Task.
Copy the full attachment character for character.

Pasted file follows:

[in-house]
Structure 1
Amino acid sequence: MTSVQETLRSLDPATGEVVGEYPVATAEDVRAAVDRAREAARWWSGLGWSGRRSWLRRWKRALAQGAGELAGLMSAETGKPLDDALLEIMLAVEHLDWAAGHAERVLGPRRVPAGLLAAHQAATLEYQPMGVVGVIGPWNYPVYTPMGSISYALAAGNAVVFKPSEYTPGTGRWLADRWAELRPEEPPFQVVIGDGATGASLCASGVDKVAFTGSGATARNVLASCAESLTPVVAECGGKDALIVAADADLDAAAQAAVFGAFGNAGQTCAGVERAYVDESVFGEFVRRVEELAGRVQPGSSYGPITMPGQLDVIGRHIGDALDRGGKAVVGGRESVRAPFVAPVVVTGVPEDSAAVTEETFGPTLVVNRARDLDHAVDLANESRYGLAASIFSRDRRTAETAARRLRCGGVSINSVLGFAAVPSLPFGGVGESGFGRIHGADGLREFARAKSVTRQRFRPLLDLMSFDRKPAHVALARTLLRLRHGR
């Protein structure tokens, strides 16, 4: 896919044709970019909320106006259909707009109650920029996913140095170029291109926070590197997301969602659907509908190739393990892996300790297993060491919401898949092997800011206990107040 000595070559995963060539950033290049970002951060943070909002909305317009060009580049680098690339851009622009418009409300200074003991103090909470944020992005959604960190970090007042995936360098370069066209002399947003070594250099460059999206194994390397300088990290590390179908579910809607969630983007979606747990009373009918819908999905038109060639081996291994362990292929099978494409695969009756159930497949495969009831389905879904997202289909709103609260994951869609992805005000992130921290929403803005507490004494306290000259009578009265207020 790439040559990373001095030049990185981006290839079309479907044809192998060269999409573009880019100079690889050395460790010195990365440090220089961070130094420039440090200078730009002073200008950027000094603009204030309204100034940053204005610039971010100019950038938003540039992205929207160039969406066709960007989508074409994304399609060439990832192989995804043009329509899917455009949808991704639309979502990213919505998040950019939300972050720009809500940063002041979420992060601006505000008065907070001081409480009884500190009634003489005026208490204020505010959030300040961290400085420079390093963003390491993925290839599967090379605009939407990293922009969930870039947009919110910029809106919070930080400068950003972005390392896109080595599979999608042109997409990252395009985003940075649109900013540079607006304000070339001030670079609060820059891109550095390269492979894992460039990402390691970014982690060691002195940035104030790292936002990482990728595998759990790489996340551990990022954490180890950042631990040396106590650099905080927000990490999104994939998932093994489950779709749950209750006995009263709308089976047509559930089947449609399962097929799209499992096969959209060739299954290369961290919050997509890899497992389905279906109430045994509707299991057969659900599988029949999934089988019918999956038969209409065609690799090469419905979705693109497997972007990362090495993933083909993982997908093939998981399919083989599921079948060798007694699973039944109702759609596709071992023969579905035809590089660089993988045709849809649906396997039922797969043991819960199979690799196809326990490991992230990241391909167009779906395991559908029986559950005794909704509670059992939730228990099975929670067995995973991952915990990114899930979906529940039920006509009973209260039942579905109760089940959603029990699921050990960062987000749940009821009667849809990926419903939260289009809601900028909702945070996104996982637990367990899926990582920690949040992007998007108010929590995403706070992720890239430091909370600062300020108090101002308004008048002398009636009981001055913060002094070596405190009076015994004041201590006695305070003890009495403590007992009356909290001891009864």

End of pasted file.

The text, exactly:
[in-house]
Structure 1
Amino acid sequence: MTSVQETLRSLDPATGEVVGEYPVATAEDVRAAVDRAREAARWWSGLGWSGRRSWLRRWKRALAQGAGELAGLMSAETGKPLDDALLEIMLAVEHLDWAAGHAERVLGPRRVPAGLLAAHQAATLEYQPMGVVGVIGPWNYPVYTPMGSISYALAAGNAVVFKPSEYTPGTGRWLADRWAELRPEEPPFQVVIGDGATGASLCASGVDKVAFTGSGATARNVLASCAESLTPVVAECGGKDALIVAADADLDAAAQAAVFGAFGNAGQTCAGVERAYVDESVFGEFVRRVEELAGRVQPGSSYGPITMPGQLDVIGRHIGDALDRGGKAVVGGRESVRAPFVAPVVVTGVPEDSAAVTEETFGPTLVVNRARDLDHAVDLANESRYGLAASIFSRDRRTAETAARRLRCGGVSINSVLGFAAVPSLPFGGVGESGFGRIHGADGLREFARAKSVTRQRFRPLLDLMSFDRKPAHVALARTLLRLRHGR
């Protein structure tokens, strides 16, 4: 896919044709970019909320106006259909707009109650920029996913140095170029291109926070590197997301969602659907509908190739393990892996300790297993060491919401898949092997800011206990107040 000595070559995963060539950033290049970002951060943070909002909305317009060009580049680098690339851009622009418009409300200074003991103090909470944020992005959604960190970090007042995936360098370069066209002399947003070594250099460059999206194994390397300088990290590390179908579910809607969630983007979606747990009373009918819908999905038109060639081996291994362990292929099978494409695969009756159930497949495969009831389905879904997202289909709103609260994951869609992805005000992130921290929403803005507490004494306290000259009578009265207020 790439040559990373001095030049990185981006290839079309479907044809192998060269999409573009880019100079690889050395460790010195990365440090220089961070130094420039440090200078730009002073200008950027000094603009204030309204100034940053204005610039971010100019950038938003540039992205929207160039969406066709960007989508074409994304399609060439990832192989995804043009329509899917455009949808991704639309979502990213919505998040950019939300972050720009809500940063002041979420992060601006505000008065907070001081409480009884500190009634003489005026208490204020505010959030300040961290400085420079390093963003390491993925290839599967090379605009939407990293922009969930870039947009919110910029809106919070930080400068950003972005390392896109080595599979999608042109997409990252395009985003940075649109900013540079607006304000070339001030670079609060820059891109550095390269492979894992460039990402390691970014982690060691002195940035104030790292936002990482990728595998759990790489996340551990990022954490180890950042631990040396106590650099905080927000990490999104994939998932093994489950779709749950209750006995009263709308089976047509559930089947449609399962097929799209499992096969959209060739299954290369961290919050997509890899497992389905279906109430045994509707299991057969659900599988029949999934089988019918999956038969209409065609690799090469419905979705693109497997972007990362090495993933083909993982997908093939998981399919083989599921079948060798007694699973039944109702759609596709071992023969579905035809590089660089993988045709849809649906396997039922797969043991819960199979690799196809326990490991992230990241391909167009779906395991559908029986559950005794909704509670059992939730228990099975929670067995995973991952915990990114899930979906529940039920006509009973209260039942579905109760089940959603029990699921050990960062987000749940009821009667849809990926419903939260289009809601900028909702945070996104996982637990367990899926990582920690949040992007998007108010929590995403706070992720890239430091909370600062300020108090101002308004008048002398009636009981001055913060002094070596405190009076015994004041201590006695305070003890009495403590007992009356909290001891009864």